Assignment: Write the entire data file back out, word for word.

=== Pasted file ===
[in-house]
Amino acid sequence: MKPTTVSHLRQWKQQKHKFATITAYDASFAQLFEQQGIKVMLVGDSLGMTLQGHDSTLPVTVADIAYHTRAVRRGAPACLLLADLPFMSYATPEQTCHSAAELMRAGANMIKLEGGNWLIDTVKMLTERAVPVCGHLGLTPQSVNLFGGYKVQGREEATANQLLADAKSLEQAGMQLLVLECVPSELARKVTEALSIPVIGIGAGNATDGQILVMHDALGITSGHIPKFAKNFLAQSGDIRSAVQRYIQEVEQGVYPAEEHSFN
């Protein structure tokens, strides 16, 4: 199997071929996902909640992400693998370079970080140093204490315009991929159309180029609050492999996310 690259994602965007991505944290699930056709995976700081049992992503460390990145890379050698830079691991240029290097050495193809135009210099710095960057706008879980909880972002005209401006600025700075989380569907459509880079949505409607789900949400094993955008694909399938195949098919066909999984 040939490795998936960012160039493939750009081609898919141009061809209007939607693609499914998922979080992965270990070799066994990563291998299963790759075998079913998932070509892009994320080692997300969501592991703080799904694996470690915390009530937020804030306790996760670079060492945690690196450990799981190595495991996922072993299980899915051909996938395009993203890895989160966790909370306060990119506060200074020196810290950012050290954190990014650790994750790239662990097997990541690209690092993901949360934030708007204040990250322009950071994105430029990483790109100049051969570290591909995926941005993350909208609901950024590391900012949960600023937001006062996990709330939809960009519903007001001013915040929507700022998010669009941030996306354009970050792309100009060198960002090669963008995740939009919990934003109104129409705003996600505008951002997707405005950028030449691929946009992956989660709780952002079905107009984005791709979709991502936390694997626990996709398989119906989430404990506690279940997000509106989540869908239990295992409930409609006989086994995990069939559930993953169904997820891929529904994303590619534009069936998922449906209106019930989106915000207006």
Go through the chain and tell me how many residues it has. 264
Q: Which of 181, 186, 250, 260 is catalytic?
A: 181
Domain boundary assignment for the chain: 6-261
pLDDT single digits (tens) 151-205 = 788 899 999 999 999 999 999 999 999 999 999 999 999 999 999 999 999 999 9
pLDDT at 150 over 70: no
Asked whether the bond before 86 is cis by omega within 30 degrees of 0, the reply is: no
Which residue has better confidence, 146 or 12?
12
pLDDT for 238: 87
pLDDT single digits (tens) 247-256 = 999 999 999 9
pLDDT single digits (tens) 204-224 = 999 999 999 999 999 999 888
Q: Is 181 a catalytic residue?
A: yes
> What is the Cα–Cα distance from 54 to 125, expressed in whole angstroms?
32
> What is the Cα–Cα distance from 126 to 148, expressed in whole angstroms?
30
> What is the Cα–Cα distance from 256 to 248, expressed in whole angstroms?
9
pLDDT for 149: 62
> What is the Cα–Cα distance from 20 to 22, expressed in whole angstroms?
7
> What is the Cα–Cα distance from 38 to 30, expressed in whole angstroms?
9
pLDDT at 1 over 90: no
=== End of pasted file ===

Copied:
[in-house]
Amino acid sequence: MKPTTVSHLRQWKQQKHKFATITAYDASFAQLFEQQGIKVMLVGDSLGMTLQGHDSTLPVTVADIAYHTRAVRRGAPACLLLADLPFMSYATPEQTCHSAAELMRAGANMIKLEGGNWLIDTVKMLTERAVPVCGHLGLTPQSVNLFGGYKVQGREEATANQLLADAKSLEQAGMQLLVLECVPSELARKVTEALSIPVIGIGAGNATDGQILVMHDALGITSGHIPKFAKNFLAQSGDIRSAVQRYIQEVEQGVYPAEEHSFN
């Protein structure tokens, strides 16, 4: 199997071929996902909640992400693998370079970080140093204490315009991929159309180029609050492999996310 690259994602965007991505944290699930056709995976700081049992992503460390990145890379050698830079691991240029290097050495193809135009210099710095960057706008879980909880972002005209401006600025700075989380569907459509880079949505409607789900949400094993955008694909399938195949098919066909999984 040939490795998936960012160039493939750009081609898919141009061809209007939607693609499914998922979080992965270990070799066994990563291998299963790759075998079913998932070509892009994320080692997300969501592991703080799904694996470690915390009530937020804030306790996760670079060492945690690196450990799981190595495991996922072993299980899915051909996938395009993203890895989160966790909370306060990119506060200074020196810290950012050290954190990014650790994750790239662990097997990541690209690092993901949360934030708007204040990250322009950071994105430029990483790109100049051969570290591909995926941005993350909208609901950024590391900012949960600023937001006062996990709330939809960009519903007001001013915040929507700022998010669009941030996306354009970050792309100009060198960002090669963008995740939009919990934003109104129409705003996600505008951002997707405005950028030449691929946009992956989660709780952002079905107009984005791709979709991502936390694997626990996709398989119906989430404990506690279940997000509106989540869908239990295992409930409609006989086994995990069939559930993953169904997820891929529904994303590619534009069936998922449906209106019930989106915000207006």
Go through the chain and tell me how many residues it has. 264
Q: Which of 181, 186, 250, 260 is catalytic?
A: 181
Domain boundary assignment for the chain: 6-261
pLDDT single digits (tens) 151-205 = 788 899 999 999 999 999 999 999 999 999 999 999 999 999 999 999 999 999 9
pLDDT at 150 over 70: no
Asked whether the bond before 86 is cis by omega within 30 degrees of 0, the reply is: no
Which residue has better confidence, 146 or 12?
12
pLDDT for 238: 87
pLDDT single digits (tens) 247-256 = 999 999 999 9
pLDDT single digits (tens) 204-224 = 999 999 999 999 999 999 888
Q: Is 181 a catalytic residue?
A: yes
> What is the Cα–Cα distance from 54 to 125, expressed in whole angstroms?
32
> What is the Cα–Cα distance from 126 to 148, expressed in whole angstroms?
30
> What is the Cα–Cα distance from 256 to 248, expressed in whole angstroms?
9
pLDDT for 149: 62
> What is the Cα–Cα distance from 20 to 22, expressed in whole angstroms?
7
> What is the Cα–Cα distance from 38 to 30, expressed in whole angstroms?
9
pLDDT at 1 over 90: no